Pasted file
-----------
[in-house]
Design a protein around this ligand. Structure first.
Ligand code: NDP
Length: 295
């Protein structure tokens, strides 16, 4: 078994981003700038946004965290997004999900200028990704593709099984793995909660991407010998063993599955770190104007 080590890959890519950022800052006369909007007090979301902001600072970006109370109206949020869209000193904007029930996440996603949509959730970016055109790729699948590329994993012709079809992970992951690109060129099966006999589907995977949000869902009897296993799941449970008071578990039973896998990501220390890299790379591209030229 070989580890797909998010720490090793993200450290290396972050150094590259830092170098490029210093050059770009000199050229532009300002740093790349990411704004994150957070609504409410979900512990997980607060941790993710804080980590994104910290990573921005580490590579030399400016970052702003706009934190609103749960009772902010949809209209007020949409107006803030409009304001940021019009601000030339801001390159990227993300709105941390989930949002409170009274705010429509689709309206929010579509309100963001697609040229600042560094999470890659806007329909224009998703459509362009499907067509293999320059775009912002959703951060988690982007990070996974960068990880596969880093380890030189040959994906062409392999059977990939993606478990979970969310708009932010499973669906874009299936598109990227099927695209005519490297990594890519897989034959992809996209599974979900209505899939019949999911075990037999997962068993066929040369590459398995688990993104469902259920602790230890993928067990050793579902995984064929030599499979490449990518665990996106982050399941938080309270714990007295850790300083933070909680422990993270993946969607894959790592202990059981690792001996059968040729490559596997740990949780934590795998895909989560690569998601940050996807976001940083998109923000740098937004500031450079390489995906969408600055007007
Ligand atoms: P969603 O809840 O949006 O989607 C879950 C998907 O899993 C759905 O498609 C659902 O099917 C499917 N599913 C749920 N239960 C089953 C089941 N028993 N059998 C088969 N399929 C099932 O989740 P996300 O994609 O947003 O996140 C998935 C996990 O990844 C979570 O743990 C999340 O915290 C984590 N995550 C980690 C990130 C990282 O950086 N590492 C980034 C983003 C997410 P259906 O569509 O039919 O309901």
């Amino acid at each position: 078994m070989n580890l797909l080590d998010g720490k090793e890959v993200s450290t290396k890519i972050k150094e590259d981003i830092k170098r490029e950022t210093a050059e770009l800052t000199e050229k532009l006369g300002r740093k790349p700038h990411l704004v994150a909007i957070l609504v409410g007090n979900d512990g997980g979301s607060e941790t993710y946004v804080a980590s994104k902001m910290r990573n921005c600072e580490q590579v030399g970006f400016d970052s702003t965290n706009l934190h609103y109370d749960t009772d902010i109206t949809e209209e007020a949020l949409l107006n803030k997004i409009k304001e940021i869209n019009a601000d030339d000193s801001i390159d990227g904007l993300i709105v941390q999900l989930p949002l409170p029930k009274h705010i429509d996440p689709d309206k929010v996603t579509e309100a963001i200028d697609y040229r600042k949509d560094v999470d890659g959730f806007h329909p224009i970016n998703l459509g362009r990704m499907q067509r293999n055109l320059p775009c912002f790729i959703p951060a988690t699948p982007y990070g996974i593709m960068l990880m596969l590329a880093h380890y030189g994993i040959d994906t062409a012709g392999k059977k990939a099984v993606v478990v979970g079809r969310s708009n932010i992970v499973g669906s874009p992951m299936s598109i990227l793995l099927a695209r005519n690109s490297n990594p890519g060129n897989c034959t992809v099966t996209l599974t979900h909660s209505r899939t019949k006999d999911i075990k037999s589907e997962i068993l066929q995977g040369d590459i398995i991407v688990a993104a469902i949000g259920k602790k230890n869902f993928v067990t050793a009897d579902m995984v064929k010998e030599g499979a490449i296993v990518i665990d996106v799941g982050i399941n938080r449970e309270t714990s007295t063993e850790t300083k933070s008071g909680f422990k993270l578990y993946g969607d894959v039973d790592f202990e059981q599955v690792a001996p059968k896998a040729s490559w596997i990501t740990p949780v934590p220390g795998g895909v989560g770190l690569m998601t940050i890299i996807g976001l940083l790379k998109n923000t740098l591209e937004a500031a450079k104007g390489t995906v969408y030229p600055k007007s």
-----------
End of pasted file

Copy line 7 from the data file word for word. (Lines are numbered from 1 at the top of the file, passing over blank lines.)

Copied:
């Amino acid at each position: 078994m070989n580890l797909l080590d998010g720490k090793e890959v993200s450290t290396k890519i972050k150094e590259d981003i830092k170098r490029e950022t210093a050059e770009l800052t000199e050229k532009l006369g300002r740093k790349p700038h990411l704004v994150a909007i957070l609504v409410g007090n979900d512990g997980g979301s607060e941790t993710y946004v804080a980590s994104k902001m910290r990573n921005c600072e580490q590579v030399g970006f400016d970052s702003t965290n706009l934190h609103y109370d749960t009772d902010i109206t949809e209209e007020a949020l949409l107006n803030k997004i409009k304001e940021i869209n019009a601000d030339d000193s801001i390159d990227g904007l993300i709105v941390q999900l989930p949002l409170p029930k009274h705010i429509d996440p689709d309206k929010v996603t579509e309100a963001i200028d697609y040229r600042k949509d560094v999470d890659g959730f806007h329909p224009i970016n998703l459509g362009r990704m499907q067509r293999n055109l320059p775009c912002f790729i959703p951060a988690t699948p982007y990070g996974i593709m960068l990880m596969l590329a880093h380890y030189g994993i040959d994906t062409a012709g392999k059977k990939a099984v993606v478990v979970g079809r969310s708009n932010i992970v499973g669906s874009p992951m299936s598109i990227l793995l099927a695209r005519n690109s490297n990594p890519g060129n897989c034959t992809v099966t996209l599974t979900h909660s209505r899939t019949k006999d999911i075990k037999s589907e997962i068993l066929q995977g040369d590459i398995i991407v688990a993104a469902i949000g259920k602790k230890n869902f993928v067990t050793a009897d579902m995984v064929k010998e030599g499979a490449i296993v990518i665990d996106v799941g982050i399941n938080r449970e309270t714990s007295t063993e850790t300083k933070s008071g909680f422990k993270l578990y993946g969607d894959v039973d790592f202990e059981q599955v690792a001996p059968k896998a040729s490559w596997i990501t740990p949780v934590p220390g795998g895909v989560g770190l690569m998601t940050i890299i996807g976001l940083l790379k998109n923000t740098l591209e937004a500031a450079k104007g390489t995906v969408y030229p600055k007007s």